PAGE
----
Come on, Tesla.
The electric carmaker finally found a way to lower the price of its “mass market” Model 3 sedan to $35,000, as it has been promising for several years. But if you visit Tesla’s website, you’ll see an even better deal. Tesla lists the entry-level price of the Model 3 as a mere $24,450, as you can see here:
Wow! What a deal! For the price of a humdrum Toyota Camry or Honda CR-V, you can drive off in one of the most exciting cars on the market.
No. Not right. There’s an asterisk next to the $24,450 price, with a note at the bottom saying “prices above include potential incentives and gas savings.” Car dealers are famous for fishy pricing claims, but this is a new innovation. When you click to learn more, you discover the following:
The real base price is $35,000. That’s what you pay for the car, not including taxes.
“Potential” incentives might save you $6,250.
“Gas savings” might save you another $4,300.
Here’s the fine print:
So the possible savings add up to $10,550. If you subtract that from the actual price, you end up with a “price after estimated savings” of $24,450.
If you look hard, you can find needed disclaimers on Telsa’s website, so this is probably legal. But it’s scammy, especially for an automaker supposedly peddling luxury and sophistication. And most buyers will never realize $10,550 worth of estimated savings.
[Check out our video review of the Model 3.]
If you follow the steps all the way through to the order page on Tesla’s site, you learn that potential incentives include a $3,750 federal tax credit, which every buyer will qualify for. That lets you slash $3,750 from your federal tax bill, so that’s a direct savings, as long as you remember to apply for the credit. But Tesla also counts a $2,500 rebate if you live in California. Only 12% of Americans live in California. So most of us won’t get to save $2,500.
Here’s how Tesla estimates a buyer will save $4,300 in gasoline costs. Tesla estimates the average annual gasoline cost for somebody driving up to 15,000 miles per year, averaging 28 MPG and paying $2.85 per gallon for gas. Then it compares that to the cost of powering a Tesla off the electrical grid, which costs less. Multiply that by six years and you get a savings of $4,300.
Well, okay, but why stop there? You’d save even more money if you never drove your Tesla and spent nothing on fuel. If it costs about $500 per year to power a Tesla, for instance, and you never drove it, well, you’d save that $4,300 in gas money not spent, plus another $3,000 in electrical fueling not spent, bringing the estimated cost all the way down to $21,450. That’s cheaper than a Toyota Prius!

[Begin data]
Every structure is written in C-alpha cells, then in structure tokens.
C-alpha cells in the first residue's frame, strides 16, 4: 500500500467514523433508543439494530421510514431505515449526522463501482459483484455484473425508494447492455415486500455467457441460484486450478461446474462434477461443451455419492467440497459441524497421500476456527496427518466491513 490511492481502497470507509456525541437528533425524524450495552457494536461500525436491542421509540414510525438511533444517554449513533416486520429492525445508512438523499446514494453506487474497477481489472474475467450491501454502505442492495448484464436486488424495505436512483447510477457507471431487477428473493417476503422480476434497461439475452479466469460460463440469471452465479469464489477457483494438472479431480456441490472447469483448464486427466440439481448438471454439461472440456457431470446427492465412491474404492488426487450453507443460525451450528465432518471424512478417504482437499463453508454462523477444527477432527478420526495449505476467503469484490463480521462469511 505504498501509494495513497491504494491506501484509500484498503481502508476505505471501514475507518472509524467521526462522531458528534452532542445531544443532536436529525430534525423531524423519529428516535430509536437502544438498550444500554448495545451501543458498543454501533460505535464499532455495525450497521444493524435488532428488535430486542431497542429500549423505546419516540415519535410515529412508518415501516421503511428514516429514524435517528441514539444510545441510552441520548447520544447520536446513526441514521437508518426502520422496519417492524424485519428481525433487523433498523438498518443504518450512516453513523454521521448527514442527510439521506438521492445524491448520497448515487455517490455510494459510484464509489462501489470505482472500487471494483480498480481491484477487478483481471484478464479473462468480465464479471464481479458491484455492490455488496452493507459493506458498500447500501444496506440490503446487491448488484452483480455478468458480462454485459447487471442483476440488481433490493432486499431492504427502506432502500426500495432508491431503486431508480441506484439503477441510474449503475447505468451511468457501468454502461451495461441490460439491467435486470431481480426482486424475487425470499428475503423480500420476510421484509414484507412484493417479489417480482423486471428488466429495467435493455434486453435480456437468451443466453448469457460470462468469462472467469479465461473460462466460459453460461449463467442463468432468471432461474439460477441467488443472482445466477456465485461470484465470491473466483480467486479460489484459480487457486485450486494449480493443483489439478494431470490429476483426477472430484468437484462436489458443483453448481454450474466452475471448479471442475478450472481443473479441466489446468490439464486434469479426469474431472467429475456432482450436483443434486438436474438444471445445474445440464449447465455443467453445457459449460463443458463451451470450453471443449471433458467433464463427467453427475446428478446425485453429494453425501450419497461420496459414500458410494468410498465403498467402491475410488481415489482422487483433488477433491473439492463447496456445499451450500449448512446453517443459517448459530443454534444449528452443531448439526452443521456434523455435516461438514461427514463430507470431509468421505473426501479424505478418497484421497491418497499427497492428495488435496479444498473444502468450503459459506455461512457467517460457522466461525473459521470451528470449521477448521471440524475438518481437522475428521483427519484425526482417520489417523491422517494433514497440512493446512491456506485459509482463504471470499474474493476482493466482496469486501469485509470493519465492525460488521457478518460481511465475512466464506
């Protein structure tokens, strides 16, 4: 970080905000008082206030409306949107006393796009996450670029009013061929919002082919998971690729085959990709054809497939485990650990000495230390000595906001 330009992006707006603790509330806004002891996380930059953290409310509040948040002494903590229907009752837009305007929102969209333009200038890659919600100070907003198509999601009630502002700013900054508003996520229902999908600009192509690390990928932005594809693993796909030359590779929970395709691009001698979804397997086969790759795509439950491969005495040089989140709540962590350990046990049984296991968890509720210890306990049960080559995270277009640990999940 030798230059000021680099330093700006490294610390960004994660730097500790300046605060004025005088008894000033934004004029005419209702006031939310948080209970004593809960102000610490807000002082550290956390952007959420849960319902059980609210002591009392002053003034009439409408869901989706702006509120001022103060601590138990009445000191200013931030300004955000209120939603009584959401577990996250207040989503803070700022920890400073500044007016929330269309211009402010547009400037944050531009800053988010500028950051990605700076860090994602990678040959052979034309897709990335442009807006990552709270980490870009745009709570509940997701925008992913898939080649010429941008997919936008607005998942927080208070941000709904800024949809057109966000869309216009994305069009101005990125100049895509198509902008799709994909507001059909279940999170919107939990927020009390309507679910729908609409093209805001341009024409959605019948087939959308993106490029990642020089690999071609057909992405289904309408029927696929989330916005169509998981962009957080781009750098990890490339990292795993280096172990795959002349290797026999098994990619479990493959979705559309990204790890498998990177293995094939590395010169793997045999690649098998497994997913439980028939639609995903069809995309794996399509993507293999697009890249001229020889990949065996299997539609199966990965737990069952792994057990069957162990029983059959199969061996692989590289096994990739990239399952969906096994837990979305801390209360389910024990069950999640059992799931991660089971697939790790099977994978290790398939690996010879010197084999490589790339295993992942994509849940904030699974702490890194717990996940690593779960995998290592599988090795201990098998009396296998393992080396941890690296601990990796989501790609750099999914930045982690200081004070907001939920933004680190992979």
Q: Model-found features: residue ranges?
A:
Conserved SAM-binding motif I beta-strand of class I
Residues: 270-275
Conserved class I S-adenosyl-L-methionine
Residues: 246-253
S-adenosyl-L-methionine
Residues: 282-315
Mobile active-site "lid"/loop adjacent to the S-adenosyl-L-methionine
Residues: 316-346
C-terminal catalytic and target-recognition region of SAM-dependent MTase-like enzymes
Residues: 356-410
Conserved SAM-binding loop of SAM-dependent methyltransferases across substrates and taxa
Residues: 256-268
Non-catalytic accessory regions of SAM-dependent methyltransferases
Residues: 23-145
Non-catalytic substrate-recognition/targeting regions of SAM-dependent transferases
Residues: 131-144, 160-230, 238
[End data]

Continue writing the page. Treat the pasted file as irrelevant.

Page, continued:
You’d save even more if you never registered your Tesla and never insured it. Just keep it in the garage for people to look at. Call it a piece of art and donate it to a museum, and you might be able to claim a tax deduction that will get the cost well below $20,000.
Many factors beyond the purchase price go into the real cost of owning a car, including depreciation, maintenance, repairs, interest paid on loans if you finance, taxes and the opportunity cost of not spending your money on something else. The cost of fuel is one factor, but hardly the only one.
There are many scams in the car business, such as advertising a car at an unusually low price that turns out not to be available when you get to the dealer. Automakers often list attractive features as “available”—meaning you have to pay extra for them—next to a base price that doesn’t include those features. There’s always a delivery fee, typically $500 or more, that’s not normally included in the advertised price. And of course salespeople try to upsell many types of warranties and paint and wheel protection that are almost never worth the money.
The Tesla Model 3 starts at $35,000. If Tesla feels it’s offering a great car for the money, the company should be proud to sell it at that price. Federal tax credits lower the cost to $31,250, for now, which Tesla should helpfully point out to buyers. As for fuel savings, sure, provide the info and let us ponder. But don’t treat car buyers like rubes who have never driven around the block.
Rick Newman is the author of four books, including “Rebounders: How Winners Pivot from Setback to Success.” Follow him on Twitter: @rickjnewman